Indian non-vedic religion, which is characterized by denial of Vedas authority, strict asceticism and belief in possibility of self-salvation. Jainism appeared around 500 BC. The founder of the doctrine is considered to be the kshatriya Mahāvīra.

The philosophy and practice of Jainism are based on the self-cultivation of the soul to achieve omniscience, omnipotence and eternal bliss. Every soul that overcomes the corporeal shell left over from previous lives and reaches nirvana is called jina. Nirvana in Jainism is defined as liberation from the karmic substance achieved in the process of religious practice in the absence of an influx of new karmas. Jainism calls for spiritual perfection through the development of wisdom and self-control.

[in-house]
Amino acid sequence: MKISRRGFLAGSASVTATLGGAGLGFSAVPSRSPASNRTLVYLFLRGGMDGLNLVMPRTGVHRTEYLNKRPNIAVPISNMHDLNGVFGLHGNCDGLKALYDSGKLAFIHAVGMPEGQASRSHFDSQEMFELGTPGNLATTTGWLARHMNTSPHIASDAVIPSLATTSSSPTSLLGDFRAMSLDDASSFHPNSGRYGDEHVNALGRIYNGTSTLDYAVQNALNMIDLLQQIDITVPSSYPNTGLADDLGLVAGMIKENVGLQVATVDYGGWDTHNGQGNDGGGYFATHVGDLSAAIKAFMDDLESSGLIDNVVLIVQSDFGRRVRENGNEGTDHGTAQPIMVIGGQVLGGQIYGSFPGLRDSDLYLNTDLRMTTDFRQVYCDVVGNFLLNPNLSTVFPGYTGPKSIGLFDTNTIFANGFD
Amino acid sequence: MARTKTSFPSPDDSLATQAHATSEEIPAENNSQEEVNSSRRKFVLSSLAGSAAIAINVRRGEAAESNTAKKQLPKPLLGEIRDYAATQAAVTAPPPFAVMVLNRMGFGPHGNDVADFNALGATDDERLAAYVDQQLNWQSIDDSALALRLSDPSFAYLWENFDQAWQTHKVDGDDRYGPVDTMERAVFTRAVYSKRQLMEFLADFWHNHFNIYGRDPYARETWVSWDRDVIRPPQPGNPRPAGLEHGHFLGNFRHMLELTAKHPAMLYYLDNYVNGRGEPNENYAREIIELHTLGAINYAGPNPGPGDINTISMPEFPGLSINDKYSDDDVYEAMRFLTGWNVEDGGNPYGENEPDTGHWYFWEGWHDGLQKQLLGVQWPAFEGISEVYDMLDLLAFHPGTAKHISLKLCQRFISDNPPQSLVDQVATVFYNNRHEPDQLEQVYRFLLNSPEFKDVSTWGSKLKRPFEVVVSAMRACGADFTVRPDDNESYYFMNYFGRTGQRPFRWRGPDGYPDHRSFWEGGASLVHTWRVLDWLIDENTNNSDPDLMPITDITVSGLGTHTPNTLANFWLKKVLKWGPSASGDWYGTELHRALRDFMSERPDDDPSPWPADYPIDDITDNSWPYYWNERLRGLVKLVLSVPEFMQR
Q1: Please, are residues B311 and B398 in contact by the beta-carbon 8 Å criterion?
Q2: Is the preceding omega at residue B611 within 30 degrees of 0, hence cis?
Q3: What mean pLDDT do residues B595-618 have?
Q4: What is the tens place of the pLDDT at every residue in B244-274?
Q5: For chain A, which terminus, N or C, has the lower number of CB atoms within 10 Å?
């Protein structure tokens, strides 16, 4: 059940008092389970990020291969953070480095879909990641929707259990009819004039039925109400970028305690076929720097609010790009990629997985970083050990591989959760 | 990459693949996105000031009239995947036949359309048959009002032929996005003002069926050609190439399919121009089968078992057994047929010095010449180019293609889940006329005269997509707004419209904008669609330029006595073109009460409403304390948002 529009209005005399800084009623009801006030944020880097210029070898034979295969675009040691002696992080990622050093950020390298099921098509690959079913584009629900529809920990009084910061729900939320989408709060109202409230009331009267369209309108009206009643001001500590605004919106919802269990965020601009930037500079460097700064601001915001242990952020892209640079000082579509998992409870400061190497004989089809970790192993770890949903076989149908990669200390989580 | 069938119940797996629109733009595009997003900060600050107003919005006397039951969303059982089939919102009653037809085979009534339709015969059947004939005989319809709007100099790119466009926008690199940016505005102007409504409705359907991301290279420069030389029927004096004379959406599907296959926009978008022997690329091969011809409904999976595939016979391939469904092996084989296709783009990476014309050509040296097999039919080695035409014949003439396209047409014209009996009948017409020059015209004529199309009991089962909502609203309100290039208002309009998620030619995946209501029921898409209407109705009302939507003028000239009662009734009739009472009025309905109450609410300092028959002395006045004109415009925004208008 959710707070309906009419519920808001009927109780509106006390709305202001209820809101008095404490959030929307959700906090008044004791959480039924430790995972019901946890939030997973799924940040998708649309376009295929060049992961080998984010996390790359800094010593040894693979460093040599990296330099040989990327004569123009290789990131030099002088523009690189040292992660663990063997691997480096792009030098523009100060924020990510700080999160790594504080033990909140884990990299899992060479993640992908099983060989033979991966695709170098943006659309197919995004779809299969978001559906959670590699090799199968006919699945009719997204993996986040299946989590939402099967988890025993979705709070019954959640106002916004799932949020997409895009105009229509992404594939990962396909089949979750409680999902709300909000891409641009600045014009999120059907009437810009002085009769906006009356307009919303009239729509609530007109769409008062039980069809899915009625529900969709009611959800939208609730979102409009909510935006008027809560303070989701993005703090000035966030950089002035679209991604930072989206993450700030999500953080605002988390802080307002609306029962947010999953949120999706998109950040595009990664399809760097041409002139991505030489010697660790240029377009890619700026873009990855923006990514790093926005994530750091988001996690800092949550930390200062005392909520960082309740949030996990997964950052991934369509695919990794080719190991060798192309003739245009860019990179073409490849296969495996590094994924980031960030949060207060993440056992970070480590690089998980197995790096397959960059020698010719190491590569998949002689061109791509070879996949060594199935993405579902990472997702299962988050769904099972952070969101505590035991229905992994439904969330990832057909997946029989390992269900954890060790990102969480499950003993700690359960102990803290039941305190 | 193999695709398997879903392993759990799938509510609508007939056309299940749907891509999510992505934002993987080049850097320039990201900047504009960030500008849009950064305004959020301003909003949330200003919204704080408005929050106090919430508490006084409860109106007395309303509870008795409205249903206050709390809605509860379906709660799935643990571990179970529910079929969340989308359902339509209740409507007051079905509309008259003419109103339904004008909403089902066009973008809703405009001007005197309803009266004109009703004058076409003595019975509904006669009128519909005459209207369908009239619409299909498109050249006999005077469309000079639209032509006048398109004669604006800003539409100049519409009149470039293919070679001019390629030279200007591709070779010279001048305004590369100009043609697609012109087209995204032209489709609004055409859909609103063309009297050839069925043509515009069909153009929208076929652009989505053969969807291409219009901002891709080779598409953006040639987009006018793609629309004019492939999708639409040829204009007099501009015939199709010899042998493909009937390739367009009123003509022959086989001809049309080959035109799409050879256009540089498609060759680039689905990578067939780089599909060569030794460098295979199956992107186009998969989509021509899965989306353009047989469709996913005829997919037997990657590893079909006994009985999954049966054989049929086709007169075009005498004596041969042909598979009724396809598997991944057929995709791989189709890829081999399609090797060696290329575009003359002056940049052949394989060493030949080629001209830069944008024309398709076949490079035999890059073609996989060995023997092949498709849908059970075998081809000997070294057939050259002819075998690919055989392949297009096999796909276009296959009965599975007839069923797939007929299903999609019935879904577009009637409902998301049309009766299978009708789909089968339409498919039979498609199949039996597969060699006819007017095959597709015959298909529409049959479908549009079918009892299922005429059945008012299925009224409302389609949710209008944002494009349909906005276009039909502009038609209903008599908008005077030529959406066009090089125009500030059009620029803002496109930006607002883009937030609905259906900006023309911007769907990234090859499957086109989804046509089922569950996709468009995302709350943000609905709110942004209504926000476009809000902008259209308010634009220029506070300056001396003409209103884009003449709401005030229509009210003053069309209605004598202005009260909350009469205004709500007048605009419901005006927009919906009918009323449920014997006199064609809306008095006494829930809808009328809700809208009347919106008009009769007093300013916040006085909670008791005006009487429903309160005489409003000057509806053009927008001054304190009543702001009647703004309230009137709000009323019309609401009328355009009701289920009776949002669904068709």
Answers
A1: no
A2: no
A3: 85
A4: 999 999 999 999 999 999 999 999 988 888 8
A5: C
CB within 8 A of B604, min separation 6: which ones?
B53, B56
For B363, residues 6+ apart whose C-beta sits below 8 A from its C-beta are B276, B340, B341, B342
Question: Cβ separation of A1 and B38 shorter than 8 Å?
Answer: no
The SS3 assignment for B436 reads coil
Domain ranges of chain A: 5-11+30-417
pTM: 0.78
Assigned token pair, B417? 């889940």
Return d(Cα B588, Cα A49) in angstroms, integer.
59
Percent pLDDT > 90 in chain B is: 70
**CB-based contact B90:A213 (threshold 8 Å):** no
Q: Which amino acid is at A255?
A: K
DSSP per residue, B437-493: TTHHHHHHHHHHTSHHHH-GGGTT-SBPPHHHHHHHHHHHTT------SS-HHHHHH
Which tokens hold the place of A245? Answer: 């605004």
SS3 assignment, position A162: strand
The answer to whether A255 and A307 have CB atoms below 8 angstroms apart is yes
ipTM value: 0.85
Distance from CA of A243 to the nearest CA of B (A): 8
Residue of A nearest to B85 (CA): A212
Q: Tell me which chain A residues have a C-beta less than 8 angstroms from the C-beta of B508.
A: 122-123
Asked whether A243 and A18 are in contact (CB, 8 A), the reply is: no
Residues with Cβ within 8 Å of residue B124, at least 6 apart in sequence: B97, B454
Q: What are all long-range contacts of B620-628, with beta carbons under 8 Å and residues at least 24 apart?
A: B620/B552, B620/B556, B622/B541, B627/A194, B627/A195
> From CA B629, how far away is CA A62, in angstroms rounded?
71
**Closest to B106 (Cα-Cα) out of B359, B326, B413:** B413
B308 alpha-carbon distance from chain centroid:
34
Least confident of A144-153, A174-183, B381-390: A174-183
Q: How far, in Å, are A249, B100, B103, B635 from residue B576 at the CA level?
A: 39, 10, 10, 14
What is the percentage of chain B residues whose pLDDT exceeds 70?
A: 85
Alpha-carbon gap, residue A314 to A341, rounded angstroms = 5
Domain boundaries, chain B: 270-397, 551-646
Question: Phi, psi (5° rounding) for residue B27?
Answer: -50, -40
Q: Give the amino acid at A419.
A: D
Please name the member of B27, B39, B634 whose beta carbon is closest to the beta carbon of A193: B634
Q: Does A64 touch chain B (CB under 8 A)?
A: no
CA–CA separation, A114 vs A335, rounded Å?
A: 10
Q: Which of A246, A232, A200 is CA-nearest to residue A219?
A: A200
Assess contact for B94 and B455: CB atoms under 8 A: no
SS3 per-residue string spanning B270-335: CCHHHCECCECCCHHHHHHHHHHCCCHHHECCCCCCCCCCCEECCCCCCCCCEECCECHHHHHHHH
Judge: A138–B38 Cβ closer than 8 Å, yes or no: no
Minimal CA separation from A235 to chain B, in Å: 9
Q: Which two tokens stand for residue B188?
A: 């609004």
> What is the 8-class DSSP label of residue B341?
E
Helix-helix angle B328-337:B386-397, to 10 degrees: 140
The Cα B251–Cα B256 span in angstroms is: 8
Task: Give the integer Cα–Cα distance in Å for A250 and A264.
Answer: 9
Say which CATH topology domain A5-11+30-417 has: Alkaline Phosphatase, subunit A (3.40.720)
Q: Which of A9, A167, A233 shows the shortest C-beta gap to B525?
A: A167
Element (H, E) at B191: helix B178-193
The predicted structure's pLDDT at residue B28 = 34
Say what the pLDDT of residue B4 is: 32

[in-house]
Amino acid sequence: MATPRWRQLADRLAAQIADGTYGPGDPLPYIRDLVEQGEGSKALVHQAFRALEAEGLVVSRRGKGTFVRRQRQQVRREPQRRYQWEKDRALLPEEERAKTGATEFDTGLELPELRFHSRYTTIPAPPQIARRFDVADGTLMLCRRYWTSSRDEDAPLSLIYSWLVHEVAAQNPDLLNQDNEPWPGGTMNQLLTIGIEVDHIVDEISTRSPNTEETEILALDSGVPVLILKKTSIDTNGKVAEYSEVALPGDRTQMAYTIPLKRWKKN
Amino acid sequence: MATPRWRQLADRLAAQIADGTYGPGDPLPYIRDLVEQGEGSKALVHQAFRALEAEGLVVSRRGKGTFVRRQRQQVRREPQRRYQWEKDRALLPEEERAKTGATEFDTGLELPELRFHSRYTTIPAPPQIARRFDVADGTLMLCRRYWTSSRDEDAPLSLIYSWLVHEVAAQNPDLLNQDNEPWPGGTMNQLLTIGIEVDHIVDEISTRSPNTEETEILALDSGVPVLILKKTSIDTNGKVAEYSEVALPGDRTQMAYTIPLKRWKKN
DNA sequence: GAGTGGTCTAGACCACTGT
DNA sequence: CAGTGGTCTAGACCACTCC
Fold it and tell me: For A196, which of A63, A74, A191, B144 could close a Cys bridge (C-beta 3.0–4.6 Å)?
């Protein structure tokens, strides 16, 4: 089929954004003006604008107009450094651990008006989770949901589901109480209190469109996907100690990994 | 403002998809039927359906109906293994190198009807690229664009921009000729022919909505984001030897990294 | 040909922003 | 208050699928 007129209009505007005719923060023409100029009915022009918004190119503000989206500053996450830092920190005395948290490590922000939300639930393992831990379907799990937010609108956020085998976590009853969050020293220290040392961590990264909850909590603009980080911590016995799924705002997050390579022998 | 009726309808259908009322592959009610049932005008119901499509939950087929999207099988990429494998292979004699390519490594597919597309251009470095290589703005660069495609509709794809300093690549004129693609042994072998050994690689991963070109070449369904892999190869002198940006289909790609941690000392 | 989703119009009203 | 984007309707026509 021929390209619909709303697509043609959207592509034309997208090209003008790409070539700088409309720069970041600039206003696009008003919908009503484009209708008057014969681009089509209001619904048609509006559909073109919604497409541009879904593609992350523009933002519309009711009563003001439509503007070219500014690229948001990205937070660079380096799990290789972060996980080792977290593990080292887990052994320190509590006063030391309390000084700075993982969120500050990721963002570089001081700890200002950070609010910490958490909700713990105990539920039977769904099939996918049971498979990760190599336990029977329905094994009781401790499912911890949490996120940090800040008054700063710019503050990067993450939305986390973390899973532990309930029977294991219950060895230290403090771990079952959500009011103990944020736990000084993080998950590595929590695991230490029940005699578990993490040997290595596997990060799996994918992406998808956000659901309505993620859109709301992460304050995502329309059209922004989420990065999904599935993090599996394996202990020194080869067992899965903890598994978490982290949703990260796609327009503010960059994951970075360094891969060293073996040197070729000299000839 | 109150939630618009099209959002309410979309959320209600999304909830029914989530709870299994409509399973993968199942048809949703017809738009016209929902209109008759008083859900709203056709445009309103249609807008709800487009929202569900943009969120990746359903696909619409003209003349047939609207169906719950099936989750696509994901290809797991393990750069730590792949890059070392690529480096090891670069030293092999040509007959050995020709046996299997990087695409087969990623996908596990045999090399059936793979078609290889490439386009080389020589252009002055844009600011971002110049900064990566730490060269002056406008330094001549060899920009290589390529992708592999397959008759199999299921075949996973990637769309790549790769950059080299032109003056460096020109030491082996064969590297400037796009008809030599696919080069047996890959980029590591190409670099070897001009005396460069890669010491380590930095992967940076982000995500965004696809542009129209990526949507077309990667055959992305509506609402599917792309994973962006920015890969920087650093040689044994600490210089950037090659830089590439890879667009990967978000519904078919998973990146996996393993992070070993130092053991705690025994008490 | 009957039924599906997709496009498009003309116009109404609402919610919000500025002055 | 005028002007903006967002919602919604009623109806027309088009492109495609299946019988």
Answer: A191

There are five basic ethical principles — vows (vrata) that Jains must fulfill. The degree to which these vows should be strictly fulfilled depends on whether one is a jain monk or a layman (gṛhastha). These are:

• Do not harm the living (ahiṃsā);

• Be sincere and pious (satya);

• Do not steal (asteya);

• Not to commit adultery (brahmacarya);

• Do not acquire (aparigraha).

Practicing Jains follow the teachings of twenty-four special jinas, which are known as tīrthaṅkara ("the creators of the crossing", "those who found and showed the way to salvation"). Traditionally, it is believed that Śrī Mahāvīra was the twenty-fourth and last tīrthaṅkara.